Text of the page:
Improving Communication

A research project was conducted in which about 240 counseling agencies across the country were asked to identify the primary problem that their counselors encountered. It was reported that almost 80 percent of the problems brought to the agencies concerning marriage and family life had to do with communication… [1]

 So, if communication is a problem for families, let’s look at it briefly.  What family therapists have discovered is it’s not so much that communication is difficult in the family today, as that it’s LACKING. We don’t do enough of it.

Another common problem is that communication can shallow or superficial.  Communication among our families ideally should get to the feeling level.  The feeling level is where connection happens.

Here are the five levels of communication:

1. Facts — It’s 80 degrees and sunny today.”

2. Events — “The Spurs played a great game yesterday.” A little more stimulating, but nothing deep is really exchanged between us.

3. People — “Susie had a toothache.” John dislikes Aggies.” “Bill got a new job.” These are much more engaging, but be careful not to gossip.

4. Ideas — “I believe that Jesus Christ is God’s Son and Savior of the world.” Say that to someone, and suddenly you’re sharing some very stimulating material. The conversation can go deep or it can get heated, but ideas are exchanged and we share much more of ourselves in it.

5. Feelings — “I’m hurt today.” “I’m tired.” “I’m happy, bored, jealous, excited.”  This is where we live. This is where it gets deep.

As I read through the gospels about I see that Jesus was not only a good speaker; He was a great question-asker. In John 1, instead of focusing on Himself, the Bible says He turned to the men following Him and asked, “What do you want?” (John 1:37)

This might seem like an obvious question, but how often do we ask those we love, “What do you want?”

Think through some of the best conversations you’ve ever had, where you felt really connected to and known by the person you were talking with. I’m guessing the reason the conversation went well and went deep is because they asked good questions.   A good use of questions will get down to the feeling level.

Here are some good questions: 

1.   How are you (really)?

2.   What was your high point of the day? What was your low point?

3.   What was your strongest feeling today?

4.   What’s your favorite ___________? (color, place, memory, vacation, sport, hobby, movie, country, time of day, etc.)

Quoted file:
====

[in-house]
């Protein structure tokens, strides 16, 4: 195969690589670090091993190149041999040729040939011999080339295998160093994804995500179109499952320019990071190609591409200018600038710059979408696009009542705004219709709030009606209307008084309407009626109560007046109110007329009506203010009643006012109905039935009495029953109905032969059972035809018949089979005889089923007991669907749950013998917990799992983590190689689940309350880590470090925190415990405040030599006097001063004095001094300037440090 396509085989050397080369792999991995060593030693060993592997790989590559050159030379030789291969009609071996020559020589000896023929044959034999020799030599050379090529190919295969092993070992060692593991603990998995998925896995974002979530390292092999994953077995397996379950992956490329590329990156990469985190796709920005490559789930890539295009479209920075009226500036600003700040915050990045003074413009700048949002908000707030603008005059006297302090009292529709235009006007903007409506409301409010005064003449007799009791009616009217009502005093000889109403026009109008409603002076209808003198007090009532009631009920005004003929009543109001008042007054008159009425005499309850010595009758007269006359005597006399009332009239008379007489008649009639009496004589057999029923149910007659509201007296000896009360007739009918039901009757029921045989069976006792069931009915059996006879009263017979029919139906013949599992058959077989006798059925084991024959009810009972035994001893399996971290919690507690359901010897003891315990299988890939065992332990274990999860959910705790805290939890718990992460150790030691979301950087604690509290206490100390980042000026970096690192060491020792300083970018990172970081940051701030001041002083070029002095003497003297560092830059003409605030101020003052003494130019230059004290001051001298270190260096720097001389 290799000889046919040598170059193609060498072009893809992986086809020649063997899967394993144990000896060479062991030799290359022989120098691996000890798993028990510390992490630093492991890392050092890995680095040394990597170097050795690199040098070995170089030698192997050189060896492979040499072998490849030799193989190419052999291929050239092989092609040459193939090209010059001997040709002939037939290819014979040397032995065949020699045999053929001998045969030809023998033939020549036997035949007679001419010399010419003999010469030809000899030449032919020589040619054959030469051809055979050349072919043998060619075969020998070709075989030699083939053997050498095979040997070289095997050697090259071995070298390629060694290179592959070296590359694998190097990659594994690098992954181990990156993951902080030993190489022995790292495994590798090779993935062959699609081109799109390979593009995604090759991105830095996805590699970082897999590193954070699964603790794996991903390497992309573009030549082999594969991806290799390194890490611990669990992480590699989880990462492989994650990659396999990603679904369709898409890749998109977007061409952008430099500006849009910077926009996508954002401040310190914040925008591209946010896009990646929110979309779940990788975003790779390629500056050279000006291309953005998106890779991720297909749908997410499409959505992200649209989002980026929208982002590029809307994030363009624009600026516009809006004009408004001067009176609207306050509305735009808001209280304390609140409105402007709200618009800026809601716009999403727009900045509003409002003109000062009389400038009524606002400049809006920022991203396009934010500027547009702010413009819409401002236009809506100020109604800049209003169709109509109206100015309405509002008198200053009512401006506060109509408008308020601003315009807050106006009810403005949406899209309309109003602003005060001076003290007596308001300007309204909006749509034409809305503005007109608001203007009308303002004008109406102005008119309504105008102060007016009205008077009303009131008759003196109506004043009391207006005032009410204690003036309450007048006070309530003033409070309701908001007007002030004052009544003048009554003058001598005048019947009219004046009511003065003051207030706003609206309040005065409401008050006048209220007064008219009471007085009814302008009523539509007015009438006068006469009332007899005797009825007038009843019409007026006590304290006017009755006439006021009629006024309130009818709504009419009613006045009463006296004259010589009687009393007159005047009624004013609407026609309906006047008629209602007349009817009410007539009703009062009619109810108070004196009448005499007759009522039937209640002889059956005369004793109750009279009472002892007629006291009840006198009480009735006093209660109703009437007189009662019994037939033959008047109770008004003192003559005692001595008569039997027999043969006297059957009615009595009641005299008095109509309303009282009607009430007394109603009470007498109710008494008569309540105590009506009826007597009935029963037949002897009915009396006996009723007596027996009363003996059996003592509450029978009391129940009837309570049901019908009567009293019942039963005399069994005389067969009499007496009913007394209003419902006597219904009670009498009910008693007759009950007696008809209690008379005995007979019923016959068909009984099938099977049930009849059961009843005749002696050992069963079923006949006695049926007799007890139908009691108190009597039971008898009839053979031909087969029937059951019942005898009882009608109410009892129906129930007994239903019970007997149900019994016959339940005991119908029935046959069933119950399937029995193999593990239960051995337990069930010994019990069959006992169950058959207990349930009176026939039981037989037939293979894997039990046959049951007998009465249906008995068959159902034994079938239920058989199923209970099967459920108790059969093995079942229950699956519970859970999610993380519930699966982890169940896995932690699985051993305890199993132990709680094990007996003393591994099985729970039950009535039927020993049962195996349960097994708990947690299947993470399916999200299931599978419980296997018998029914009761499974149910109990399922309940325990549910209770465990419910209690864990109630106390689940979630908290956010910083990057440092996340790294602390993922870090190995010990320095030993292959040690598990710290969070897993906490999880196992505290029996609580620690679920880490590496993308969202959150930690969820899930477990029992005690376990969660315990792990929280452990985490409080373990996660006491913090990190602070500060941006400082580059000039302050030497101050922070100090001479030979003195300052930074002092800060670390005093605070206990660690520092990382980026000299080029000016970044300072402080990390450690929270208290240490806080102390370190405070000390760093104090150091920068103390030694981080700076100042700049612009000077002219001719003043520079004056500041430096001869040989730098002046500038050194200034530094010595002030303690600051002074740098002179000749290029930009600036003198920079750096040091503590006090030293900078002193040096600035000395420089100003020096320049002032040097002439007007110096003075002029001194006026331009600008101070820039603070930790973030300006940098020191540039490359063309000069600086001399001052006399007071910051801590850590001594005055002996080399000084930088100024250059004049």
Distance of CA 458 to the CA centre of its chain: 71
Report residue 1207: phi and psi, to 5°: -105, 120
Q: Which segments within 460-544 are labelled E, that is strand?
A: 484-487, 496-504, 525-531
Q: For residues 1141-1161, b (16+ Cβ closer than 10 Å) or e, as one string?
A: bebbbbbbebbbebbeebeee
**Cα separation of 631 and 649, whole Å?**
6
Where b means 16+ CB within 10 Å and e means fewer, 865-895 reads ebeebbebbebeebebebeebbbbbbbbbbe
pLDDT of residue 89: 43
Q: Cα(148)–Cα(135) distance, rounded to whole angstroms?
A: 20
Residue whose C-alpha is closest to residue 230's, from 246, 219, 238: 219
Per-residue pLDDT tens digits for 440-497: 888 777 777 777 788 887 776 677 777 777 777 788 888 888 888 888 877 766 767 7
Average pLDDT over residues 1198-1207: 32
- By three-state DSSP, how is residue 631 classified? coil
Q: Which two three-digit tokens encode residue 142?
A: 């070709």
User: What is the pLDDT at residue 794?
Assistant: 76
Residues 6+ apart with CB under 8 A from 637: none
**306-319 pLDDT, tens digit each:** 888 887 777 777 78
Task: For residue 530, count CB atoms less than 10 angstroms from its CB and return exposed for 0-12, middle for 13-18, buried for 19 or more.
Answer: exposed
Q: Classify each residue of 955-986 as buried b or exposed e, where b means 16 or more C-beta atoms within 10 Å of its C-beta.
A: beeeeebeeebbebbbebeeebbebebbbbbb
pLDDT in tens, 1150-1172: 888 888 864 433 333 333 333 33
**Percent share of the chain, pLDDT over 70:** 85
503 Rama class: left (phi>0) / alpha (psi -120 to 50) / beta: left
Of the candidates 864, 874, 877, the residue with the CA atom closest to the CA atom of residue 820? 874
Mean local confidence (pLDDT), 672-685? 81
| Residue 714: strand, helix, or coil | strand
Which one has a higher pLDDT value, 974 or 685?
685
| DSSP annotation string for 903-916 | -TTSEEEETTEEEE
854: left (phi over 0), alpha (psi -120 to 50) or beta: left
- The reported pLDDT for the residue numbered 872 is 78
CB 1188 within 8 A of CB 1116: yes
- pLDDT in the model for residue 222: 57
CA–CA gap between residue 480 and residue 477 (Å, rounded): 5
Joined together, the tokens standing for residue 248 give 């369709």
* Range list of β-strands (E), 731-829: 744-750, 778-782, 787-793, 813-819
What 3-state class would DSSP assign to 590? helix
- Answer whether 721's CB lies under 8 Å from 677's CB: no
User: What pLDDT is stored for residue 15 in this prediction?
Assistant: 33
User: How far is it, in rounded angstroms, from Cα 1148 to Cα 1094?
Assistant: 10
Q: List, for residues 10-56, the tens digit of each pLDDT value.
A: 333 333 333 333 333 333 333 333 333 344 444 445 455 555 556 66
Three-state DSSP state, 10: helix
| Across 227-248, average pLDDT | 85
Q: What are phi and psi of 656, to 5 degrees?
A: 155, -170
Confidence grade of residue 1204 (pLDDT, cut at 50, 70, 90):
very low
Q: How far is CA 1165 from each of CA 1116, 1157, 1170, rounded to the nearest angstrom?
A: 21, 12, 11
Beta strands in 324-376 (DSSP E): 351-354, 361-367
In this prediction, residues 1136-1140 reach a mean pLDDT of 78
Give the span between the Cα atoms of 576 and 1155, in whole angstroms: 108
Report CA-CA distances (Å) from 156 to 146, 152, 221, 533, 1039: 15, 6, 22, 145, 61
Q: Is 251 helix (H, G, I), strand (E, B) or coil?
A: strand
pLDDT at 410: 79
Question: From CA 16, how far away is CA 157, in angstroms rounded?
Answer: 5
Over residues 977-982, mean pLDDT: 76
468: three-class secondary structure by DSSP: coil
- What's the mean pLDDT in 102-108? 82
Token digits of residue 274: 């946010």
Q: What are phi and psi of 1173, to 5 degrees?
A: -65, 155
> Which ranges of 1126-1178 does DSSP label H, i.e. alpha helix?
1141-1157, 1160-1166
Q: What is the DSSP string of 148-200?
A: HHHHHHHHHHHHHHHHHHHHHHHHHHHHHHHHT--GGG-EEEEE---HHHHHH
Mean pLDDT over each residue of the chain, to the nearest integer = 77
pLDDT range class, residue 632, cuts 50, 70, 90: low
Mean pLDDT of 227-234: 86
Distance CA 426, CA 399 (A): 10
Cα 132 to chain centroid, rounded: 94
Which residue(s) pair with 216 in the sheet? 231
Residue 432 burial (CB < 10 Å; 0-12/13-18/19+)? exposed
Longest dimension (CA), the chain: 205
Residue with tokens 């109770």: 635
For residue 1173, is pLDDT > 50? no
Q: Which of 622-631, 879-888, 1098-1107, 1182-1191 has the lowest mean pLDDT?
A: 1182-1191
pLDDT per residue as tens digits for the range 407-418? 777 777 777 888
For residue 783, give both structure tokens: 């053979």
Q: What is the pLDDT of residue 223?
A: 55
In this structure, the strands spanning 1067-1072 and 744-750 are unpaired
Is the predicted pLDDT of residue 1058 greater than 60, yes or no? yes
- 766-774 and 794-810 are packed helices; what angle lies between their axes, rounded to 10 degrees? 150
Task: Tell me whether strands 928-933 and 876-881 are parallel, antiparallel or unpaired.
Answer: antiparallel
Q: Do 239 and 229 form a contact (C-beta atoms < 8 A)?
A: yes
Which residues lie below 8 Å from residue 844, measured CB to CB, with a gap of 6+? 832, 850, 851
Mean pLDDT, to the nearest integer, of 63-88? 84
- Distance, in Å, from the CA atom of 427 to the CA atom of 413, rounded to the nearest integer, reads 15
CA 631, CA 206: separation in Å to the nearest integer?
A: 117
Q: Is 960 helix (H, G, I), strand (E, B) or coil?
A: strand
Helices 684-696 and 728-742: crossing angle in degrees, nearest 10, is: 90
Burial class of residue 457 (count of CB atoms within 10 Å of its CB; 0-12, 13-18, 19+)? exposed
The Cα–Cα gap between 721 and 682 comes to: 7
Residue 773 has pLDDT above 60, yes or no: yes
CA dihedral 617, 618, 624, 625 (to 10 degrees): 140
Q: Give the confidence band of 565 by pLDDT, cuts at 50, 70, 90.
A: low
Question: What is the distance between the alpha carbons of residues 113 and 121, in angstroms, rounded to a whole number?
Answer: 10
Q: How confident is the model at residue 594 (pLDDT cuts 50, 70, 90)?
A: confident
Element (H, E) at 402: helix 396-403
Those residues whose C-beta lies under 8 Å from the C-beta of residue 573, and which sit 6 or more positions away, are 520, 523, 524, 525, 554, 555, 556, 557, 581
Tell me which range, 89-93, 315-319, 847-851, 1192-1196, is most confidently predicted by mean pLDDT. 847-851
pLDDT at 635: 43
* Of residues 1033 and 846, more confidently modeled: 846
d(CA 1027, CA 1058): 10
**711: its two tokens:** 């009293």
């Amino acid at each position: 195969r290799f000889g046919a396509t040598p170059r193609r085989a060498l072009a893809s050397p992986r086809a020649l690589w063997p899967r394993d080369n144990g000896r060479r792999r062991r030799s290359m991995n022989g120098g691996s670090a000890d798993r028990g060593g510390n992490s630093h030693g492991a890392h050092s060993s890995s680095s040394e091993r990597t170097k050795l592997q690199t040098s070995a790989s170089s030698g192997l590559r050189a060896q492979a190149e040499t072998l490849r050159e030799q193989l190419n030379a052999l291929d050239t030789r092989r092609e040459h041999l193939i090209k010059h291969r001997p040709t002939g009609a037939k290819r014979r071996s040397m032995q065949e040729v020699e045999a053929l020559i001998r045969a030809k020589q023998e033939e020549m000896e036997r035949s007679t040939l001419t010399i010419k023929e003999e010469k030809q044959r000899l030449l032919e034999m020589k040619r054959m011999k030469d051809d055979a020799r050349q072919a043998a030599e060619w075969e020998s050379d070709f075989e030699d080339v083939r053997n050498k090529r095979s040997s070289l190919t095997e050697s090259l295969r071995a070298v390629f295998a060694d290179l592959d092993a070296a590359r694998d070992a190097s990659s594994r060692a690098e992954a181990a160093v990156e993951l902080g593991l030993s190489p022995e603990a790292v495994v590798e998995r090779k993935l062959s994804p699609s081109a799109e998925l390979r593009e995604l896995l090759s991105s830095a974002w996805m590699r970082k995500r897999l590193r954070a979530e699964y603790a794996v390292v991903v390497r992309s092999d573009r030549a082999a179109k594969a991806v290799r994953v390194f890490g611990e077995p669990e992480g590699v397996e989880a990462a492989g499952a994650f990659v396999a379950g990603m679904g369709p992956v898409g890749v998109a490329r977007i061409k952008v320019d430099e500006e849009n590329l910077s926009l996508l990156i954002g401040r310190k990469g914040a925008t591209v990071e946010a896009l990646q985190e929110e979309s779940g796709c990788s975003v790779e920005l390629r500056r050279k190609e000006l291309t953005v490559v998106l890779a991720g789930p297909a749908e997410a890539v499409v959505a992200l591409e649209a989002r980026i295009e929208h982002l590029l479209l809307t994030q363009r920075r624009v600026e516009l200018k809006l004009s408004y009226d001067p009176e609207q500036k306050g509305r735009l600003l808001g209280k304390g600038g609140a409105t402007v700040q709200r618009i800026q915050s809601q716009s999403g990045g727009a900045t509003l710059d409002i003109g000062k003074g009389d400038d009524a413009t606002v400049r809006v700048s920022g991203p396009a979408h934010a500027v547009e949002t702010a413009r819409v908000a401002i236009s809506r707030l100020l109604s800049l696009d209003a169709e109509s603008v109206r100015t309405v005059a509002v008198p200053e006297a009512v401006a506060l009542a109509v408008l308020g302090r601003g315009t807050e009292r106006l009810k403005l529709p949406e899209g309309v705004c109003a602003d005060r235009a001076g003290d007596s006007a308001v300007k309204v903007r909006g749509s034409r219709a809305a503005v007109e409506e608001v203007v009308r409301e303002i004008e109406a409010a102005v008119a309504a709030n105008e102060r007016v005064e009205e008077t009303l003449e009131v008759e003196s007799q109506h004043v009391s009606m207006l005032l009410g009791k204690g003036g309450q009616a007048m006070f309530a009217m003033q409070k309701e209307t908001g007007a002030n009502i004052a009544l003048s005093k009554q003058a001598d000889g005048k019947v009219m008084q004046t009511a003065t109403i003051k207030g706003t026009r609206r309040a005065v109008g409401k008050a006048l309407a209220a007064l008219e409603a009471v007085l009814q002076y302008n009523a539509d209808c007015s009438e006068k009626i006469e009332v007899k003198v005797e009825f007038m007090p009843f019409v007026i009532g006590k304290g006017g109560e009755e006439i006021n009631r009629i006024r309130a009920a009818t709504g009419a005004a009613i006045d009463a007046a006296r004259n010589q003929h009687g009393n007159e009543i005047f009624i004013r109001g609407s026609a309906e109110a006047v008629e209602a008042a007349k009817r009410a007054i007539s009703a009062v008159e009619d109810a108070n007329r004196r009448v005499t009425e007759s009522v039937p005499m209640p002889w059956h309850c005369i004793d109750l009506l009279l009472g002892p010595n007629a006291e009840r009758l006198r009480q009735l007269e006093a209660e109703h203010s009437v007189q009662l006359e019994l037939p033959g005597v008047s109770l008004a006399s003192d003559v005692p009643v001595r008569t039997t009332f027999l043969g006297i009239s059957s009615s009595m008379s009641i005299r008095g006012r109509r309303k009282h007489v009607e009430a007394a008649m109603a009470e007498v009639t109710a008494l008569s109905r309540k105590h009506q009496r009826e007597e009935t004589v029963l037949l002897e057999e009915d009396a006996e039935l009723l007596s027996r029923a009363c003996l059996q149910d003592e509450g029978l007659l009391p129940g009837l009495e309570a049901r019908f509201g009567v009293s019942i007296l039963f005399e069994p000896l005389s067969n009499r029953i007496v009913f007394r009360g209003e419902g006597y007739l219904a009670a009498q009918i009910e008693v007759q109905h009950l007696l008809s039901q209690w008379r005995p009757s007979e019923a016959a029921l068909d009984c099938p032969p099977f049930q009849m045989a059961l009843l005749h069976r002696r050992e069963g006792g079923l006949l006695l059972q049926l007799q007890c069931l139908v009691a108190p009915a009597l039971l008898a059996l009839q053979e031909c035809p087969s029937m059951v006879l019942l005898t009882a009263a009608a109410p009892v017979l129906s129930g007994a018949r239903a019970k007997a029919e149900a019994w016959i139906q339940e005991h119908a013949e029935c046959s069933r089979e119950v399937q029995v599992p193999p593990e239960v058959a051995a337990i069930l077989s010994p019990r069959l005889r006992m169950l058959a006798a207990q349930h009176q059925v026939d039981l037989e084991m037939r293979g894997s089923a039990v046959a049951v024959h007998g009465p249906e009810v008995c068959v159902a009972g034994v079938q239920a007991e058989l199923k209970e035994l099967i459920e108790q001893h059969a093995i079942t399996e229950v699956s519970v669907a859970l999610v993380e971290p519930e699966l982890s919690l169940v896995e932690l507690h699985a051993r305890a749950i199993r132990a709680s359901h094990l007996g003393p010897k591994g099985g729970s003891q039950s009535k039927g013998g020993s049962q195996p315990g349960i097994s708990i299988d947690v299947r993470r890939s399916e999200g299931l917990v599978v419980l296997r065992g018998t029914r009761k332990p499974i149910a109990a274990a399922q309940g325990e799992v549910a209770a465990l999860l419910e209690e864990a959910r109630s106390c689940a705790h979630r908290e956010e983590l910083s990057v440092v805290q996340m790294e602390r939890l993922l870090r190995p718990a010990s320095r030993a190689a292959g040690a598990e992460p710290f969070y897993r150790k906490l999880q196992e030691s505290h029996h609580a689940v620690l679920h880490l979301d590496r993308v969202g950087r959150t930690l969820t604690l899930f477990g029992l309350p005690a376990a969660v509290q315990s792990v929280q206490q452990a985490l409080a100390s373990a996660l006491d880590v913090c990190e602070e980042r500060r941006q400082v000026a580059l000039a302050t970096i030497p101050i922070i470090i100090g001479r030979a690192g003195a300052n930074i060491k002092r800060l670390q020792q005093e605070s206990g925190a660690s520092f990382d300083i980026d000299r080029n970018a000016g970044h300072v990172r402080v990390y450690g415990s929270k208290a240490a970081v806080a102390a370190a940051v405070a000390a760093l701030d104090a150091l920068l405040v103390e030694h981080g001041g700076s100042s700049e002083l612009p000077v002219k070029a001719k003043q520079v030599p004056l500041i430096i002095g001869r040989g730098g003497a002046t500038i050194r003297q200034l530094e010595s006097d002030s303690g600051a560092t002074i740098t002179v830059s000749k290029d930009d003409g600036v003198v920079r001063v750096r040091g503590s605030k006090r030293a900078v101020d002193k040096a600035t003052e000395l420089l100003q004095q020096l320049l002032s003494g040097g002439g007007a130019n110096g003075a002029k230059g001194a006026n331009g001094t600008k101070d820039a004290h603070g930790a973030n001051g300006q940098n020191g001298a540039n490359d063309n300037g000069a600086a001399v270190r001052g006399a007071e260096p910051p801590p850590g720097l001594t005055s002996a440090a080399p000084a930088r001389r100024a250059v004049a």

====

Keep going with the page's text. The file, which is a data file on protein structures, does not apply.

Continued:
5.   How did that feel?

6.   Tell me more about that.

7.   What would you like to do if time and money were no objects?

8.   Tell me about your life at ____ years old.

9.   List three people who have influenced you significantly.

10. What is God teaching you these days?

11. What are you reading in the Bible?

12. What are you reading, besides the Bible?

13. What would you like to talk about right now?

14. If I could do something to make you happy, what would it be?

15. Which means the most to you: when I do something nice for you, say something nice to you, give something nice to you, give you a nice experience, or touch you?

16. What skill or discipline would you like to master?

17. What’s on your “bucket list”?

18. Which of your ancestors would you like to meet?

19. What one fear would you like to conquer?

20. If God would grant you one wish, what would it be?

21. How can I pray for you?

22. What kind of business would you like to start?

23. What one thing would you like to change about yourself?

24. If you could give God one worry or concern, what would it be?

25. What’s the biggest challenge you’re facing?

Deep inside we all want to know and be known by those we love. With a little effort and creativity, we can achieve both.

Darrell

www.ridgefellowship.com

Source:  Adapted from To Save a Family by Hal Seed


[1] Jay Kesler, ed., Parents and Children (Victor Books, 1987), p. 57.

About dkoop

Lead Pastor of The Ridge Fellowship: Leander, Jarrell & Taylor, TX
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